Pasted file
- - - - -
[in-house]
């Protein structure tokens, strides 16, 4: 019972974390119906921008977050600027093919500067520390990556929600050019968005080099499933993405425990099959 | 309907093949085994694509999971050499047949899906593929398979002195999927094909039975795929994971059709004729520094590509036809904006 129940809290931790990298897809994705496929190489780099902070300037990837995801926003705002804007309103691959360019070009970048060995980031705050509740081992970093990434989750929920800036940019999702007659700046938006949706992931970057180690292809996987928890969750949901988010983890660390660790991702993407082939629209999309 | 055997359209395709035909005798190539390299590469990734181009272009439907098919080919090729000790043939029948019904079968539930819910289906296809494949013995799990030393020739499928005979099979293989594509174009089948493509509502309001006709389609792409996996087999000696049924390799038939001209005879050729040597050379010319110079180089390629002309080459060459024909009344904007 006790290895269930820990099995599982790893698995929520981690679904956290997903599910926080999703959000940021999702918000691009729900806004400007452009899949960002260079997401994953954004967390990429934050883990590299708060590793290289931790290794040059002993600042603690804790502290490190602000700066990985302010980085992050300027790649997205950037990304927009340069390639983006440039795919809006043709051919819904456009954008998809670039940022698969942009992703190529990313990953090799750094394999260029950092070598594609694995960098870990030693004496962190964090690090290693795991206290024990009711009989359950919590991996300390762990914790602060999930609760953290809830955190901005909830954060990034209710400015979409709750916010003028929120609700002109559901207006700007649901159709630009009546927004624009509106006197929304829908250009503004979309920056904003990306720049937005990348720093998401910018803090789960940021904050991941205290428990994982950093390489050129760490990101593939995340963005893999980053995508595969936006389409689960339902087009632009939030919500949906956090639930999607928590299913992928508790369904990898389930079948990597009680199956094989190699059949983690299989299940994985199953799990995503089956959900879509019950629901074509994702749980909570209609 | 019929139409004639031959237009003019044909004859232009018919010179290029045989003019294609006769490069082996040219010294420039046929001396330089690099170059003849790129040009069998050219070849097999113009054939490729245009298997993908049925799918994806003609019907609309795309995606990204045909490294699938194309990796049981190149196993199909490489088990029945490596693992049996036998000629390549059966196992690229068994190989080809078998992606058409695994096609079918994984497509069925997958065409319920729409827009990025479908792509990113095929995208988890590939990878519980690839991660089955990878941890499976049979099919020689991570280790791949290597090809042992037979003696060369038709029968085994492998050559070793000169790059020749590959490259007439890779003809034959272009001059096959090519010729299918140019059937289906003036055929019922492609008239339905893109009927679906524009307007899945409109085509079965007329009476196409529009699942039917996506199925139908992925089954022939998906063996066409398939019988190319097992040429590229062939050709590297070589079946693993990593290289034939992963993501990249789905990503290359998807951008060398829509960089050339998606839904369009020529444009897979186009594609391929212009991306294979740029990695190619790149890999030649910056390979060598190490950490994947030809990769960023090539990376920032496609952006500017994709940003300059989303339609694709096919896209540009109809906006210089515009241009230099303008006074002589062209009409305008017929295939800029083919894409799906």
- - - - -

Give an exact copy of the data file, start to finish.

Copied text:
[in-house]
């Protein structure tokens, strides 16, 4: 019972974390119906921008977050600027093919500067520390990556929600050019968005080099499933993405425990099959 | 309907093949085994694509999971050499047949899906593929398979002195999927094909039975795929994971059709004729520094590509036809904006 129940809290931790990298897809994705496929190489780099902070300037990837995801926003705002804007309103691959360019070009970048060995980031705050509740081992970093990434989750929920800036940019999702007659700046938006949706992931970057180690292809996987928890969750949901988010983890660390660790991702993407082939629209999309 | 055997359209395709035909005798190539390299590469990734181009272009439907098919080919090729000790043939029948019904079968539930819910289906296809494949013995799990030393020739499928005979099979293989594509174009089948493509509502309001006709389609792409996996087999000696049924390799038939001209005879050729040597050379010319110079180089390629002309080459060459024909009344904007 006790290895269930820990099995599982790893698995929520981690679904956290997903599910926080999703959000940021999702918000691009729900806004400007452009899949960002260079997401994953954004967390990429934050883990590299708060590793290289931790290794040059002993600042603690804790502290490190602000700066990985302010980085992050300027790649997205950037990304927009340069390639983006440039795919809006043709051919819904456009954008998809670039940022698969942009992703190529990313990953090799750094394999260029950092070598594609694995960098870990030693004496962190964090690090290693795991206290024990009711009989359950919590991996300390762990914790602060999930609760953290809830955190901005909830954060990034209710400015979409709750916010003028929120609700002109559901207006700007649901159709630009009546927004624009509106006197929304829908250009503004979309920056904003990306720049937005990348720093998401910018803090789960940021904050991941205290428990994982950093390489050129760490990101593939995340963005893999980053995508595969936006389409689960339902087009632009939030919500949906956090639930999607928590299913992928508790369904990898389930079948990597009680199956094989190699059949983690299989299940994985199953799990995503089956959900879509019950629901074509994702749980909570209609 | 019929139409004639031959237009003019044909004859232009018919010179290029045989003019294609006769490069082996040219010294420039046929001396330089690099170059003849790129040009069998050219070849097999113009054939490729245009298997993908049925799918994806003609019907609309795309995606990204045909490294699938194309990796049981190149196993199909490489088990029945490596693992049996036998000629390549059966196992690229068994190989080809078998992606058409695994096609079918994984497509069925997958065409319920729409827009990025479908792509990113095929995208988890590939990878519980690839991660089955990878941890499976049979099919020689991570280790791949290597090809042992037979003696060369038709029968085994492998050559070793000169790059020749590959490259007439890779003809034959272009001059096959090519010729299918140019059937289906003036055929019922492609008239339905893109009927679906524009307007899945409109085509079965007329009476196409529009699942039917996506199925139908992925089954022939998906063996066409398939019988190319097992040429590229062939050709590297070589079946693993990593290289034939992963993501990249789905990503290359998807951008060398829509960089050339998606839904369009020529444009897979186009594609391929212009991306294979740029990695190619790149890999030649910056390979060598190490950490994947030809990769960023090539990376920032496609952006500017994709940003300059989303339609694709096919896209540009109809906006210089515009241009230099303008006074002589062209009409305008017929295939800029083919894409799906």